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THE REPUBLIC'. SATURDAY. AUGUST 4, 1900.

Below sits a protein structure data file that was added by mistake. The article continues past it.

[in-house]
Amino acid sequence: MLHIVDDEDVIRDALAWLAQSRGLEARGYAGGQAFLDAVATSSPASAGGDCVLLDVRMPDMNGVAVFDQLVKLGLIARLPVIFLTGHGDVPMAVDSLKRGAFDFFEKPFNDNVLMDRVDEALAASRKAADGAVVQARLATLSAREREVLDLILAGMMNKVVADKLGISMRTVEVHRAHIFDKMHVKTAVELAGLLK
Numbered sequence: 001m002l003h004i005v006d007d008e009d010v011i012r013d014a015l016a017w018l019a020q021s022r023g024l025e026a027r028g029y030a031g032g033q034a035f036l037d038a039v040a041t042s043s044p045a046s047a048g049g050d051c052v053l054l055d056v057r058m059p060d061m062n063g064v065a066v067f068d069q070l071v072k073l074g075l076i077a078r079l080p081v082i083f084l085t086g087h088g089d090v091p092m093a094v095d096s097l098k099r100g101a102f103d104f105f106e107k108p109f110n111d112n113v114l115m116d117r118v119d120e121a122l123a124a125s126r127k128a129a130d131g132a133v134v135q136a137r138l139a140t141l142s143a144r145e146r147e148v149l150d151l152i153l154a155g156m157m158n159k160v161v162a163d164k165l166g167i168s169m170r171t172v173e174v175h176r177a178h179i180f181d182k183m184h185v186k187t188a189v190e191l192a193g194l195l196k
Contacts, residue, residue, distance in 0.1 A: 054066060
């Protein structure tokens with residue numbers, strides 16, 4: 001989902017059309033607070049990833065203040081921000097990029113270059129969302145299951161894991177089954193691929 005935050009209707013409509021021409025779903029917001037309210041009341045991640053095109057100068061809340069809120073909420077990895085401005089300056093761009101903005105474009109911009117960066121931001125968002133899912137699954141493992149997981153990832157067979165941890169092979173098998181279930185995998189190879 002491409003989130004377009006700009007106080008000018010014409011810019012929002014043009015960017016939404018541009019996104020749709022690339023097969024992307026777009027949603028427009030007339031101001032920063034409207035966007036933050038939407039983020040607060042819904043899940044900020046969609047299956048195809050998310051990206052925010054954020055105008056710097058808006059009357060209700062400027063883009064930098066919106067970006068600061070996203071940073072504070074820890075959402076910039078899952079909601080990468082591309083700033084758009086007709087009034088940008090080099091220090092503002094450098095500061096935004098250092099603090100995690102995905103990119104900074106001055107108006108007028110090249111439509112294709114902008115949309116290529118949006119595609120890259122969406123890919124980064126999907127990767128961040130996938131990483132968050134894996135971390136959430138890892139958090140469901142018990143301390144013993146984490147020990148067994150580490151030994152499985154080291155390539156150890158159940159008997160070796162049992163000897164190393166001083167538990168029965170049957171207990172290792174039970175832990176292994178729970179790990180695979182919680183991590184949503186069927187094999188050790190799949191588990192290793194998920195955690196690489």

IMPORTED GOWNS SHOW MANY NEW AND PRETTY IDEAS A SIMPLE YET EFFECTIVE MODEL FOR A BODICE. FROAl FOREIGN MAKERS. Pattern Gowns Furnish a Num ber of New Ideas. WRITTEN" roil TUB SATURDAY REPUBLIC. Fashionable dressmakers and tailors al ways guard as secrets what the "next fctylcs" will 5)e. therefore when one Is per mitted a peep at modes in advance olio should be properly appreciative. The- word "imported" has n charm for every woman. As a matter of fact, many of the imported gowns that one sees from timo to time have a very dowdy look. This is not because they aro imported, but be cause, many women are foolish enough to take almost anything that bears the magic stamp. The American dressmaker many times makes a dozen improvements upon Iter imported pattern gowns. Of course, there are some of the most beautiful cf costumes sent us from London and Paris, and the foreign dressmakers have many original ideas that can bo copied and carried out at home at a much lower figure than one will pay for them in tho "imported." A bunch of dear little gowns that are to como "next" aro illustrated on this page. The novelties in cuts and trimmings can easily be gathered without description. I am told that the early fall gowns will have many softening touches of velvet, and that the picturesque half sleeve with full under eleevo will occur in light weight wools. While tho coming styles aro interesting and it is well for ono to begin to take notes, tho present fashions will remain un changed for a month or two, and there are many little odds and ends of styles that one may care to pick up at once. Somewhat dressy, thin frocks' to finish tho "warm weather with are made of plain colorud lawns. Gray unit a pinkish purple that la between old rose and violet are the shades found in the prettiest gowns. Tho most effective trimming consists of serpentine bands of he-ivy cream or ecru lace. A fetching model in a pink-violet lawn has the entire bodice and elbow sleevs run in tucks a tuurth of an inch wide. The front and tides or tho skirt are lucked tu correspond Tor a depth that reaches tho knee. Two waving lines of lace are put around the bottom ol tho skirt above the hem. The sleeves are finished at the elbow with a flat band of lace. Tha neck is cut lound and outlined with the lace. The belt is of lace, with a knot of black, velvet. The hat to be worn with this gown is of black lace straw with a drapery and rosettes of black moussellne do ioie. Beneath tho brim toward tho back there ure closely massed a number of pink roses. This tips the hat a trine to one side. Tho nicest foundation for a frock of this sort is batiste in the same shade, the petti coat trimmed with several rows of pleating, though the gown may be entirely unlined and worn over pretty white lawn petticoat and corset-cover. It is none too late in the season to make up gowns of tho sort re ferred to. because, wnen the warm weather Is over they make the nicest sort of indoor towns for tall evenings. Blue and pink lawns, with little embroid ered dots in white or black form some girl lth dresses. With white chip hats trimmed with black velvet ribbons and pink rosea they are suitable for any occasion. Fine lawns with clear black uud whito stripes make charming dresses. A girl with very original ideas has Just made for her self a black and white lawn. The skirt has three rather narrow shaped or circular llounces piped with pink lawn. Tho bodice Is seamless at tho back. The fronta have two strips about an inch and a halt wide each, cut out at each side. This leaves a strip of the lawn straight down the front and one at each side of the same width as the cut out pieces. These lawn pieces, that go from neck to belt, are lined and piped with the pink Itwn. Under them is a pink blouse of pink lawn, on which nro embroidered si lie dots in black, the dots far apart. There is a trtock of pale pink lawn. The plain sleeves are finished at tho wrist bv a cir cular cuff faced with pink. The girdle is of Mack velvet ribbon. Another new dress is of cream white batiste with a narrow yellow stripe. This lias a skirt cut up in deep, square slashes, showing fan p'.eatlngs of yellow lawn set In. The plain bodice is slashed below the bust to show a yellow-pleated blouse. Tho elbow sleeves are cut in square slashes, showing a pleated frill beneath. The high collar Is of white moussollne do sole. Thero is a scurf of the white silk gauze about tho waist, tdrawn through a heavy gold slide. The ends of tho scarf are puckered up like a rosette. And, by the by, the girl who will wear this gown has a heavy, round gold bracelet that the allps over her hand. The elbow sleeve has brought back tho bracelet, and the fashionable one is the round and heavy ono the heavier tho better. It is Just the height of the season for white pique and duck suits. Their tailor-made air makes them just the thing for practical wear. The newest wrinkle is to wear with them silk blouse fronts of blue or red doited with white. The trimming of the hat matches the blouse. MARY UAXD1'. THERE ARE MANY PLEATINGS. A Popular Si vie of Trimming That Is of Ancient Origin. Accordion pleating, so much In voguo and likely to be for a season or two, is literally centuries old. Statues carved In tho rtlgn or Egyptian ICings who ruled 4,000 years before tho Christian lira show skirts of robes pleated in this fashion. But Just what the process was is unknown to-day. in fact, accordion pleating has been used more or less in modern times over slnco the days of Queen Elizabeth, it was not then a popular dress trimming, however, for the operation of making it was too tedious and expensive, as each pleat was laid and ironed separately. About 1SG0 this pleating began to be largely used. However, there is a satisfactory process in use at present, and nothing lends Itself moro attractively to fluffy gowns than ac cordion pleating, which is even more par ticularly adaptable to the charms of neck wear. It would seem that colored linen frocks aro tha mania of the moment, and in their newest form, as seen on tho esplanade of a fashionable resort, are red that dull, rich red, so artistic and becoming. The trim ming is stitched black taffeta, with a touch of coarso cream guipure on the bodice. A white linen bolero costume has a sash of chine ribbon of white patterned by palo green and mauve and black. Another linen which attracted attention this sum mer was of pale yellow, stitched with black on the bolero and skirt, and com pleted with an underbodice of embroidered batiste belted in by a whito chine sash, flowered with pink and pale green foliage, and showing a black satin border. Yachting has of late years become one of the favorite pastimes or the French women, and they have adopted for it a sort of seml naval costume, which is truly fetching, writes a correspondent to the New York KTrjiuao. Tho skirt or this coitume la In-. variably plain and round. A favorite gar niture is a broad band surrounding tho hem. of stamped-out linen, blue or red, appliqued or incrusted. In the latter case the material of the skirt itself Is stamped out, and the colored band only forms the lining. The seams of tho gores are frequently piped in color. The bodice is either of the blouse type, simply fixed by a leather girdle at the waist, or of he jacket order over a sailor shirt showing horizontal stripes of color. The colored piping of tho skirt Is generally re peated in tho seams of tho Jacket. The headwear Is a white cap similar in form to that of naial otticers. For chilly or rough weather there is in reserve a second cos tume of navy serge, trimmed with white braid, but varying little in point of make from that just described. In English yachting costumes thero is a notable taste for red. and one of the smart est gowns on this order is made of light red serge embellished with lines of stitching. Tho short bolero is laid in box pleats, whica aro stitched on the edges, and over the broad, square sailor collar is laid an em broidered collar of grass lawn. Tho vest Is of wliite cloth strapped with black taffeta, which also makes the broad, draped girdle. A sailor knot of white holds the jacket to gether below tho collar. There is already a prediction that slocvea are to bo larger. While they are not large, thero is a noticeable absence of the skin tight tendency even in the recently com pleted costumes, and from the elbow to tho s-houlder the inclination is for easy grace, while from the elbow to the wrist the ten dency is toward llulllness. There is a rumor that the mutton leg is to lead in popularity. As a guide to future modes the present trend of fashion always has some bearing. And as the Corday, the pompadour or Jardi niere styles, showing many flowered fab rics, with round, full skirts, and a variety of waist forms, are the gowns of the mo ment in Paris, these airy costumes of mus lins and mulls are the Indices of next win ter's ball gowns. They all show a marked tendency toward low necks, and then there are berthas which fold closely over the shoulders, giving a delicious, fresh appear ance to theso dainty creations. K0W TO KEEP GOLD FISH. Some Practical Pointers Regarding Health of Finny Pets. I Gold fish aro easily kept alive and , healthy for many years If one only knows I now to do it. Gold ash, says an expert. "should never bo kept In the so-called globe, or circular aquariums. Constantly swimming around the vessel, they exhaust themselves and die. sometimes after a couple of days. Square aquariums are best, and tho vessel must be properly filled with gravel and aquatic plants, tho more plants me ueuer. "Furthermore, tha fish should never be kept in running water, and the water should never bo changed more than twice a year provided, of course, the aquarium Is properly constructed and has the neces sary amount of gravel, aquatic plants and the like. If this bo tho case, the carbonic acid gas exhaled by tho fish is inhaled by the plants in the water, and the oxvgen given out by the plants is breathed by the llsh, thus producing an equalization that keeps the aquarium in a healthv condition and obviates tho necessity of changing the water. "When it Is necessary to change tho water it should be done in a warm room, and the fresh water must not be of lower temperature. In changing the water the fish might easily catch cold, a thing to be avoided. "There should be a number of tadpoles in every aquarium. They not only eat the waste material, but they form an Interest ing subject of observation when changing from tadpolo into frog." SMART BELTS AND SASHES. Modish. Articles of the Late-Sum-nier Toilet. Gowns of transparent materials as well as gowns of wash fabrics arc more fashlon- Jllllrt tllto .'Ann .l.r... I,.... 1 ai. .-. w.u j m ciiun iiaa ueen me case ior many seasons, and, oddly enough. In many respects tho fashions resemble closely those In voguo in the days when everybody did wear thin frocks in hot weather. The manufacturers of all these materials for onco have been fortunato enough to meet tho popular taste and have, consequently, provided a seemingly endless variety of designs and colorings. It is rather smarter to uso materials that have llttlo or no stif fening. In order to carry out the looso clinging effects, but this does not by any means condemn the ubo of heavier ma terials such as duck or linen or gauzes that have a wiry thread through them, says Harpers Bazar. When these latter aro used a softening effect is sought in the trimming. The smartest of all gowns are those that tiro noticeable from their simplicity and their almost severe line3. In maiiv ways they are a delusion and a snare, because they look as though they were verv easily made and easily llttcd. In reality thev 11PPO mnf oflf.,ftil Mttlr... .l.-.l- .... it..' being secured by much careful work. The pnly plainness abotu these gowns is the long lines that now are absolutely neces sary, when to be Ion? In the line running from bust to shoulder is the aim of a well-dressed woman. It ia not necessary In order to get the desired effect in a sum mer Kown to buy the most expensive ma terials. The question to be considered is whether the coloring and tho designs are good and whether the material will lend 1 if e. f tt0 ,th? c?rrS:t dmpinfr or to the cut Jl .Vs mslrea; s ca" ,,e ha(l In some of tho s lk and cotton materials that cost very little, especially at this time of the year, quite as well as in the more elaborate designs or the newer shades of coloring A proof of this was seen the other day. when at a garden party, that was preceded by a breakfast, the gown that attracted the most attention was made of black and white ha4 ste "n " very tiny polka dot of white The skirt was tucked to within a quarter' of a yard of the foot In a multitude of nar row side tucks and then flared out to its full width, finished only with rows of cir cular tucks. The waist, tight-fitting in the back, was buttoned at ono side in front with just a little Mousing and was cut away at the neck to show an unlined yoke and collar of white tucked chiffon The sleeves reached a little below the olbnw and wero thero finished with an overhang ing cuff of whito moussellne de sole to match the yoke. Tho belt was of black satin-finished clastic studde with nail htnds of steel and fastened with a pointed buckle of cut steel. The newest belts are those made of satln fimshed elastic, in either blnck or white They come in two widths, one nearly four inches and tho other about an inch wide T.hey are sometimes studded with nallheads of jet or steel, but are oftener quite plain. A handsome buckle is the most valuable part of tho belt. These buckles are of rhinestone or of cut jet and the workman ship is exquisite. They are not cheap, rath- ,t , , ,vj .4n...o. , v., uui. ii win uc pos sible before long, undoubtedly, to find some that will be less elaborate and, consequent ly, cheaper. All tho new gowns require belts or sashes which has created a demand for fancv rib bons of all sorts. Soft ribbons are the smartest, those of soft-finished taffeta, satin or p.eau de solo beiny the handsomest; the ground la plain with a brocaded figuro in color. A number of exquisite designs in black and wliite are shown, too, that are particularly attractive. A present and very popular uso of these sashes Is to provide them In light colors to wear with Mack or whito gowns. They are always finished with a knotted fringe tho color of the groundwork of the ribbon. AVhen ribbon belts aro worn without wishes they are pulled far down in front to give tho Iong waistcd look; it is considered a mistake to uso anything but plain ribbons for this pur pose and either black or white is better than a color. Tho sashes, by the way, are not tied exactly in the back, but quite at one side of tho back with ono high upstanding loop and two long ends that reach to tho hem of the skirt. Bolero and Eton packets are still exceed ingly popular. It is well to indulge In tho fancy without fusther dolay, for before an other six months they will undoubtedly no longer bo considered at all smart. At pres ent they are made in the most extraordinary materials and in very eccentric shapes. T0 START CONVERSATION. With a Good, Fresh Story the Tee May 13c Successfully Broken. "The preliminary stages of conversation offer the principal ditlleulty 'the dread of pilence mnki'S us mute.' " writes Mrs. Bur ton Kingrlnnd, In the August Indies' Home Journal. "The weather seems to have peren nial interest. Why may not one treasure a few bits of stories apropos of that much worn topic, to bo brought out upon occa sion? For instance, sonic ono speaks of the variability of the weather, whereupon ono might toll of the ladv, whoso phvsiclan ad vised for her chanso of climate: 'Why, Doe tor, you forget that I am a Xew York woman. I never have anything else!' was her rejoinder. At least, it Is better thnit mere acquiescence, and when people havo laughed together the ice is broken. It is possible to have at one's tongue's end some trilling things of interest on various sub- havo tho marriago annulled. Their ef forts, were, however, futile and, common sense at length prevailing, me pott and his royal bride wero iorgiven and taken into favor. Some six years since Princess Elizabeth a granddaughter of the Enipeior of. Aus tria, fixed her affections upon Baron Otto von Seefried, a young iniantiy Lieuten ant. Her relatives' efforts tu prevent the mesalliance were of no avail, ior one morning the lovers escaped to Genoa, where they were married. Another Aus trian royalty, the 1'riiicess Elvira, like wise contracted a runaway marriage by eloping with a Bnvanau Count, while the mother of the present tjueen ot Italy eloped Willi an artilleiy ollicer, who, on Hie union turning out unhappy, committed suicide. Some two years since a desperate t'ucl was fought between Lieutenant ticza do Mntaehicli and Prince 1'liilip of S.ixo-Co-burg, in which the latter was wounded. This encounter was tho outcome of the action taken by the Prince's wife, Prin cess Louise, eldest daughter ot the King ot the Belgians, who, driven to de.-pi ration by her hu.-baiiu's cruelty, had alter vainly appealing to her f.itner ior pioteiiiun, tluowu iii'isulf upon the honor of the Huu guiinn ollicer ot Hussars, with whom sho lied to Spain. An elopement that failed was that planned by tho Grand Duchess Olga, dstuyiiier of Nicholas 1 of Kussia, and Lieutenant Bar iatinskl. At the last niument the lover's courage failed and ho made a full confes sion. The Pilnccss was promptly man led to Prince Charles of Wurtemutir;, while tho tieaeheruus ollicer received such rapid pro motion as to attain the highest rank in the army belole he was 5'). Count Louis Batlhyany, who was shot in the market place of Buda-I'esth by tho imperial tioops for his complicity in tho rising of ISIS, might have escaped his tragic fato had he consented to desert his wife and family and elope with the Archduchess Maria, who was mauly in love with him. Bolted Sivlss I'illoiv Case. A pretty stylo of sofa pillow that is oc- age the right to ruminate where more beau tiful women fail to please. There are charms of mind which charms of the body cannot rival. Neither winsome youth nor beauty finds much of a show be side subtleties of the soul. Only after hours of discipline can one learn to control one's rashness of speech, pleased when people are tactless, learn to excuwj the hopelessly life-centered, selfish individuals with whom life's roadway is thronged. Hyprocrlsy Is a harsh term. It is applied to the tactics of the woman of the world. This Is unjust. Besides, hypocrisy is soon unveiled. Then the game is lost. Tact, sympathy, is not hypocrisy. THE EMPEROR'S MISSION. Francis Joseph Personally Carried Out His Dead Wife's Wishes. In that ancient house of Hapsburg-Lor-raine there still Is much to be admired, and the falling "descendant of the Caesars" commands the sentimental .sympathy of the civilized world. .On his 1 ist journey to Buda-Pcsth the old Empoior Francis Joseph was seen traveling in his royal saloon with a larcc pasteboard box tied by a broad, white ribbon. On his arrival he look it in his carriage, then up in his bedroom. In the morning, as early as 0 o'clock, his Victoria was at a side gate of the old Palacu of Hilda, and. to the sur prise of his aid de camp, his Majesty ex pressed his intention of starting by himself. I'nder his at'm was the mysterious, cumber some package. Nobody followed him, but the secret of his early trip Is now known. Francis Joseph, who constantly is rum maging among the ptipers left by his late Empress, found, lately, a note. In which s?he asked her favorite daughter, Marie Valerie, to look into a certain closet, where she would find a box containing her wedding dress. She was to take it to the Church of St. Matthew, at Hilda, where it was to be used as a vestment of grand ceremony. This errand Francis Joseph undertook to fulfill washed or papered over and will hardly show. Dry sawdust, heated on a clean tin in the oven is an excellent remedy for rubbing off mildew and other damp spots from metal and other polished goods. Varnished paint may be cleaned with tea. The tea may be made by boiling up old tea leaves in the proportion of a quarter of a pound of leaves to a pint of water. It is also go-jd for cleaning black furniture that has become dull and dirty. It should be used warm, but not too hot. Lamp glasses require to be bright, other wise the lamp cannot give a clear light. They should be polished each time the lamps are cleaned. Nothing is better lor this puropse than a uieee of newspaper very slightly damped, with which the glass must be well rubbed, and afterwards pol ished with a piece of dry newspaper. Pretty waste paper baskets which are easily made for summer, or for any time for that matter, are in separate pieces and tied together with ribbons. Th outside is colored with a pretty bright figured cotton of some kind, the inside linrd with a plain color in crepe paper to match a predom inating color in the cotton. There are four oblong sides and a square pirco Tor the bot tom made of cardboard, which are covered iii.iide and out in this way: the edses are bound with ribbon and holes are punched top and bottom, and th" basket 1 tied to gether with ribbons. These pretty addi tions to bedrooms are great conveniences. The groat need in private houses in tho ; guest chambers, as well as in hotel?. Is ai- ways a plaro to put seraDs. Tho constant ' companion of one woman who travels fre quently is a small basket into which to throw the odd and ends, for which no place is provided. It would seem hardly necessary to mention the fact that it Is unsafe to eat fruit with out either washing it carefully or else par ing it. except that so many persons imore the lurking danger. Everything that is to bo eaten uncooked should receive a most so prominent a place in the fashionable pro cession, there are very smart and equally fashionable gowns of white cloth, soft gray crepe de Chine, etc.. and ilght beautiful summer wools In shades of beige, cameo pink, daffodil, and mauve, as well as tho black and whito melanges. A lyric for Art Student. Every art student, and indeed every girl who has fixed her own "den." will ap preciate this new lyric by the Irrepressible Gellett Burgess: Oh, Denim has Color and Tone And Burlap has Texturo and Lino; Old Fish Nets are catchy. When looped up and patchy. And Gunny-sack Curtains are Fine! Oh, Charming the Hues that are shown In the Matting that comes around Tea; You can make an Art Couch Where your Callers may Slouch Just as Easv as E-isy can Be! The Turkish Effect has been Known To be easily got very Cheap With a little old Junk And Pillow and Trunk And a well-hidden Place where you Sleep! Have Yon u Ivlmouo? One woman has found summer comfort for 5S cents! How? Very readily. She pimply picked up a bit of a "bargain in the shape of a dressing sacque built a la kimono, and In this, with the two others for which she sent, sho lives and" has" her being as much of tha time as she passes in the particular part of her domain which she calls her very; own. Theso littlo jackets, worn with a light skirt or with a pretty petticoat,, are to bo had in all of tho pale shades of sheer lawn. A band of white lawn, deliciously clean ana crisp, is in the form of a bor der, ami is the only trimming. As all who have seen it agree, the collar formed of these turned-back bands is tho height ot artistic grace. Just now sheer lawn is our preference, though some are so devoted to China silk: as to choose It. As for the real Chinese LONDON AND PARIS DESIGNS FOR GOWNS FOR OUT-OF-DOORS WEAR. Jects but tho supply needs frequent renew al. There are moments when the embarrass ment of silence is relieved by the knowledge that nothing but the veriest commonplaces are expected. When a hostess ha paired her guests before a dinner and each man seeks the lady assigned to him, he usually says, I believe that 1 urn to have the pleas ure of taking you In to dinner,' and she lias but to bow and smile while accepting his arm, and may say in a voice of perfunctory politeness, "I am very glad.' It is usually the man who takes the initiative and the woman who bears the burden of the conversation." ROYAL ROMANCES. Princesses Who Have Eloped Like Many Less-Noted Women. Spain provides us with moro than one instance of a Princess of the royal blood having renounced her rights and position at tho call of love, says the Ixmtlon Tit Bits. The Infanta Elvira, daughter of Bon Carlos, left her homo at the bidding of a humpbacked and ill-favored Koman artist, than whom surely she could have chosen none more unlike the ideal gallant of romance. Piincess Isabella, the great-aunt of the present King of Spain, eloped with the Polish Count Gurowski. One dart night the Count repaired with a carriage to Eng hcin, near Paris, where his inamorata lived. Leaving her house by means or a rope ladder, she soon Joined him, and the couple escaped safely to this country, where they were married. Alas! the glamor soon faded, for, after awhile, the pair quarreled and a separation ultlmatelv ensued. Even more romantic was the elopement of her sister, tho Princess Josephine. A cer tain Senor Itende. a poet of promise and a Journalist, attached to a Havana paper, asked a rich planter for his daughter's hand, with the result that he was ignominl ously shown the door. Furious at this treatment the young poet swore that ho would show the world his worth by marry ing a Princess. Quitting Cuba, he journeyed to Madrid, where, after years of want and suffering, he gained a reputation as a poet. At last his genius attracted the notice of tho Princess Josephine to whom he had dedi cated several or his effusions. The royal lady made his acquaintance and became enamoured with the poet. Her love was re turned; tho pair eloped, were married at Vailadolid. and escaped to Paris. On hear ing the news the Princess's family were aghast, and strovg by every means to cupying the attention of summer piazza workers is made of dotted muslin. A pat tern with dots about an inch apart Is most effective. Tho dots are worked over In wash silk In rown comprising three shades ot color, a shade to each row, giving the effect when finished of shaded stripes. A ruflle of plain muslin edged with a row of baby rib bon in each of the three shades edges the cover, which is slipped on over a pillow covered with silosia. Pink, green and yel low aro the favorito colors used, in dark, medium and light shades. CHARM OF THIRTY SUMMERS. An Observing Woman Says It Out does That of Eighteen. From tho Philadelphia Press. A crafty penswoman deliberately goes out of her way to flatter her sisters who have reached 30. Could any woman who has brushed by her 20s ask for a more su gary bit of comfort? "Give me a clever woman of 30 nnd I will back her any day against a pretty, inex perienced debutante of 20. It is little fem inine ways which appeal so IrresHtably to a man's heart. These ways are the result of careful, tactful practice, generally speak ing, the result of knowledge of the world that can only como after one has lived amongst men and women, after one has lived and been loved! La jeunc fille is to my mind most Irritating, and unattractive. Sho is so helplessly self-engrossed, so preju diced; she has still to learn such a vast amount, when first launching into society (though, of course, a clever mother can help her simple ingenuo enormously). Girls are as a rule taken from school much too soon; they should be allowed to finish their education by traveling abroad for a couple of years before they mix on equal terms with other women who have seen so much more, and 'know so much more than any insipid, uninformed chit of IS can posslblv do. Oh, the stupidity of the average chap erons! No wonder they sit and watch their soulless daughters being cast into tho shade by the smart married women or the finished and desperately attractive, though still un married, siren of 30." Tho woman of 30 will accept this compli ment as a debt the world owes her. Tho role of charmer Is no sinecure, so I Dray you look not with envy upon the much- 1 sought-after lady who in the fairest of garbs and with the sunniest of smiles trip- I pingly makes her way through life. She merits success. She has worked for it. Hours have been spent learning arts which give tho plain woman of uncertain himself; and It was this superb brocado gown and imperial mantle, woven In silver and embroidered with large silver roses, which he carried so tenderly all the way from Vienna to Budapest. The nuptial wreath of roses and orange blossoms was found at the top of the man tel, and curiously arranged, most likely by the Empress herself, round a medallion of lace made with the precious handkerchief which the bride held by the tips of her lin gers, according to the fashion of the time. The last items were taken to another church (also by her Majesty's desire), that of Notre IJ.tme de Lorctte, with a cushion of blue velvet embroidered by herself, on which these words were written. "Eliza beth hopes that her husband will some times rest liin knees and think of the very short days of happiness they spent togeth er." This little piece of parchment, attached to one of tho corners of the cushion, Francis Joseph took away with trembling hands. It was seen mechanically crushed between his lingers when he prayed before the St. Eliz abeth altar in the Church of Notre Dame de Loiette. This did not prevent his Majesty from taking the next train back to Vienna and taking a once-popular singer for his mor ganatic wife. A Complexion Food. A splendid complexion food, the receipt of which Eve obtained from a sweet old lady who h.'.s been a great beauty in her day, and who still wears tho echo of it in her lovely face and delicate skin that, though wrinuled, yet seems only rose leaves crum pled lightly, is made as follows: One ounce of snermacetti, one ounce of white wax. four ounces of sweet almonds, two ounces coca butter, half a teaspoonful of Uncturc of benzoin, two ounces ot violet water. Melt the spermacettl, wax, coca butter and oil of almonds together in a clean porcelain-llncd saucepan; when thoroughly blended, remove from the fire and beat to a cream, adding drop by drop the benzoin and violet water. Use at night beforo retiring a small quan tity rubbed well into tho face's delicate fabric thorough washing. Cold water is at times nearly u?elet3, making the minute insects adhere the more closely to the leaves of cabbage or greens. It Is a good plan, therefore, to wash such plants in warm wa ter. Raisins and other dried fruit, like currants, should be well washed, then dried and floured beforo u?ing. As regards cako mixtures, the fruit thus prepared should be put in last, since much stirring, which such a cake must receive, would send it all to the bottom. WHAT TO WEAR. The popularity of the half-sleeves on both jackets and dress waists, negliges, and sum mer tea-gowns, is constantly increasing. They aro givwn different titles by various designers without any marked divergence I of style. The lower part of the wleeves may , be more or less full, and the fabrics sua- plying this portion diversified according to j taste. Yet. by reason of such sllgnt varla ; tlon, very great difference in effect is ob tained. Tho Bulgarian strips are getting into neck scarfs now. and they are pretty and stylish, nicy are made up in four-in-hands and the effect of the colored embroidery on the coarse linen is very good. They aro Par ticularly pretty worn with heavy dark bluo linen waists, or dark waists of any kind, and they also have a good effect with white. THE HOUSEKEEPER'S SCRAPBOOK. We pass through a world of beautiful flow ers. With hands so empty of posies; Toying with leaves we squander the hours. When we might bo gathering tho roses. Judge. If a piece of calico is pasted over holes and cracks in plaster, they may bo white- There are now Lyons woven poplins that look like etamine, a new silky English fab ric called Liberty serge, a new crepe do Chine with an underweave or pale pink, mauve, etc.. and another figured in quaint Oriental designs; also a novel weave of French taffeta soyeuse called moussellne do taffeta, which is used on French millinery, for garnitures on evening dresses, and for toilets entire. cotton crepes, while looking very much! more in character, they are scratchy, clingy; abominations as compared with the cool, crisp lawns and muslins and organdies. Somo women may frown at any such un dress, save during the building of a coif fure, but sensible ones will revel In it so much of the time as they may pass within, the four walla of their own rooms on thesa hot days. X STvect Sixteen In China. In China there is nothing of the sweet girlhood which ! enjoyed In this country i'f fact, one rarely sees girls in China, says a writer in the London Mall. They m:irry to young that they appear to spring from childhood to maturity without any Interme diate stage of girlhood. Thero is no blush ing "fifteen" or "sweet sixteen," no flirta tions, no balls, no picnics, no billetswioux. The child has not ceased to play with her; doll before she has a baby to dandle. The only Joy of a woman's lire is in drowsing her hair. This Is done with an elaborate, artistic science curious to see. Their hair is Invariably black, and very long. It is drawn tightly from the race and stiffened with gum. It is then piled up ia coils and wings and loops that stand alone without the aid of pads, roulcts, pugs or hairpins. There are no spinsters In China except the nuns who dedicate their virginity to Buddha. Theso ladles shave their heads liko priests, and thus deprive themselves of the only Chinese sign of gender the hale dressed a la teapot. A woman uptown had on a pretty gown of black and white lawn the other day. It was black on a white ground so well cov ered that the appearance of the gown was dark. It had a small white yoke or guirnpe, and the lower part of the sleeves was of the white, puffed, each puff outlined with narrow black velvet ribbon, and the ruffle, which fell over the hand, edged in the same vriiy. The season of garden parties and similar outdoor fetes is nere, and the thinnest and cooiest ui summer guuns are seen avery- i where. Most of them are trimmed ono could in many cases say ovcrtrimmed with I lace, embroidery, chiffon, ribbon, etc. Be- I sidea tho transparent gowns which occupy; 'CLIMATE NO DIFFERENCE EBI6 COMPANTS EXTRACT OF BEEF. IT KFFDf ITT JTRr!NfiTH and FLAVORmGREENLAHD A UNDER. THE EQ.UATGK Ttvirct.i:KJ yu iuu SEE. TH POINT! 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